Thomas Isaac notes, without really being able to comprehend how this logically flowed from these twists and turns, that there was thus “created for the first time a generation of Leftists in Keralam who were anti-Communists,” a coded attack on revolutionary Marxists who refused to see Russia, and then China, as bastions of socialism. CPI(M) and CPI foreign policy is still campist, for example over Ukraine, something fuelled by the alliance of Modi with right-wing states, including Israel. Identification with the apparently “socialist states” was key to the Communist Party governance of Keralam for many years, with school textbooks in the 1950s being oriented to Russian and Chinese academic and literary resources. This is something we see in a two-way traffic of translation from the 1950s onwards, including the novel Chemmeen.

Religion, education and economic dependence

This contradictory situation created huge difficulties, we are told, in mobilising “working-class centres like Alleppey” and “poor fishermen of the catholic community.” These difficulties have intensified recently, for while the BJP has been striving to make inroads into Keralam through Hindu chauvinist “cultural” projects, mainly targeting Muslims, it has also been successful in making links with the Catholic Church hierarchy in Keralam, thus able to limit the appeal of the LDF. The LDF have, in return, alienated the church, rebutting attempts by a quite large and powerful “Syro-Malabar Archdiocese” – an organisation with a heritage back to Syrian Christian pilgrims arriving on the Malabar coast – to have itself recognised as “a religious institution of public nature” in some heavy-handed bureaucratic decision.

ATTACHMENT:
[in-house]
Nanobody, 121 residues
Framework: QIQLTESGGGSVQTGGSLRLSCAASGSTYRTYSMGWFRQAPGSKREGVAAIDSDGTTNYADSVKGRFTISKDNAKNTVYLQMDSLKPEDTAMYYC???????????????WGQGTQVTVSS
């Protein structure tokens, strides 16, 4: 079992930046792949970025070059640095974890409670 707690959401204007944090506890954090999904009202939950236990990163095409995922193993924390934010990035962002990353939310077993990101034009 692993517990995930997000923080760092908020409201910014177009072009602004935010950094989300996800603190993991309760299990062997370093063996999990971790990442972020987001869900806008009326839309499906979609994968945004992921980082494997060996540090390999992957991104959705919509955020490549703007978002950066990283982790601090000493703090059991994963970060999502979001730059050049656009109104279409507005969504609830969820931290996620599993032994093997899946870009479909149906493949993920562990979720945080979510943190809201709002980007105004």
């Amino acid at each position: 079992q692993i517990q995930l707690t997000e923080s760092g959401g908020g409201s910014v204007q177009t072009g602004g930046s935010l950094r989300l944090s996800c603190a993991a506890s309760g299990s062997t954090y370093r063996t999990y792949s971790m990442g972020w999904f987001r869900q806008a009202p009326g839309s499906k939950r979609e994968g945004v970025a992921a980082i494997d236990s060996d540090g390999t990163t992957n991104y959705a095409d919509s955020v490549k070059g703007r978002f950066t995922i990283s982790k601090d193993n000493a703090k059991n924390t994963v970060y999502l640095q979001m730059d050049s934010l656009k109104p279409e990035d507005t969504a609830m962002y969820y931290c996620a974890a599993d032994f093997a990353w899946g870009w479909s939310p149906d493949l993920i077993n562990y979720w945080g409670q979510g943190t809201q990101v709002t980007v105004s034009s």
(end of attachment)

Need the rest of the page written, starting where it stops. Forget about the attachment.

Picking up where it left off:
DYFI office interior in Kadalundi
DYFI office interior in Kadalundi

At the same time, there is a more radical history of involvement of Catholic activists that anticipate in some way liberation theology. There is a documentary, for example, called “Dialogues on Emancipation” that deals with the question of slave history in Northern Malabar, and the work of an Italian Priest, Peter Caiorni, who some saw as, in the words of the director who sent this link to me, “the subaltern ritualistic god of Theyyam.” Theyyam, which we had seen performances of on previous visits, is a Hindu-origin religious practice specific to the area.

Among policy successes have been that the police have been prohibited from interfering in labour disputes, and that there has been the implemented “universal and compulsory education within ten years,” something that Keralam is known for in India and beyond. There is thus the “spread of education and health facilities to northern Keralam, which lagged behind Travancore–Cochin.”